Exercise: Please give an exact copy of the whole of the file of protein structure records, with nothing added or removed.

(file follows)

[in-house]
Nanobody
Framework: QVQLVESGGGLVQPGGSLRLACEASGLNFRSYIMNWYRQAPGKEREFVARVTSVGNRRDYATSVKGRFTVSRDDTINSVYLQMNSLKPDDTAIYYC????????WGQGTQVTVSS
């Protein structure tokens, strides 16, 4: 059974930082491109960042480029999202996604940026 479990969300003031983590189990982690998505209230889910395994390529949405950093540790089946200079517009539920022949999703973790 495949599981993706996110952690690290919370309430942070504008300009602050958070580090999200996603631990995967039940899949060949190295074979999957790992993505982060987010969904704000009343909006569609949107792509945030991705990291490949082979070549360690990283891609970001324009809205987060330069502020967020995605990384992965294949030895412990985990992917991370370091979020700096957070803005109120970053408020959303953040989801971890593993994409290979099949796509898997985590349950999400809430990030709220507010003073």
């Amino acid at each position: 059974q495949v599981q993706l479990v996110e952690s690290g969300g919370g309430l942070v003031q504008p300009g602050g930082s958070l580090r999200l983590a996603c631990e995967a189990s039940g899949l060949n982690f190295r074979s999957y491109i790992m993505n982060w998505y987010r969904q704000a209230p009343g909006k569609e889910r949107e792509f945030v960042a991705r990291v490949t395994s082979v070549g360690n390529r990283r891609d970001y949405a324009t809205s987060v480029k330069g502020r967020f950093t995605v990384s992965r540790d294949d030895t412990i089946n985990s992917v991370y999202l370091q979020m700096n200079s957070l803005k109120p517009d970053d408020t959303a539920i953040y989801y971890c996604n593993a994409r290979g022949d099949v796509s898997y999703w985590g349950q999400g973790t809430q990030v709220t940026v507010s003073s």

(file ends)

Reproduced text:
[in-house]
Nanobody
Framework: QVQLVESGGGLVQPGGSLRLACEASGLNFRSYIMNWYRQAPGKEREFVARVTSVGNRRDYATSVKGRFTVSRDDTINSVYLQMNSLKPDDTAIYYC????????WGQGTQVTVSS
């Protein structure tokens, strides 16, 4: 059974930082491109960042480029999202996604940026 479990969300003031983590189990982690998505209230889910395994390529949405950093540790089946200079517009539920022949999703973790 495949599981993706996110952690690290919370309430942070504008300009602050958070580090999200996603631990995967039940899949060949190295074979999957790992993505982060987010969904704000009343909006569609949107792509945030991705990291490949082979070549360690990283891609970001324009809205987060330069502020967020995605990384992965294949030895412990985990992917991370370091979020700096957070803005109120970053408020959303953040989801971890593993994409290979099949796509898997985590349950999400809430990030709220507010003073």
């Amino acid at each position: 059974q495949v599981q993706l479990v996110e952690s690290g969300g919370g309430l942070v003031q504008p300009g602050g930082s958070l580090r999200l983590a996603c631990e995967a189990s039940g899949l060949n982690f190295r074979s999957y491109i790992m993505n982060w998505y987010r969904q704000a209230p009343g909006k569609e889910r949107e792509f945030v960042a991705r990291v490949t395994s082979v070549g360690n390529r990283r891609d970001y949405a324009t809205s987060v480029k330069g502020r967020f950093t995605v990384s992965r540790d294949d030895t412990i089946n985990s992917v991370y999202l370091q979020m700096n200079s957070l803005k109120p517009d970053d408020t959303a539920i953040y989801y971890c996604n593993a994409r290979g022949d099949v796509s898997y999703w985590g349950q999400g973790t809430q990030v709220t940026v507010s003073s």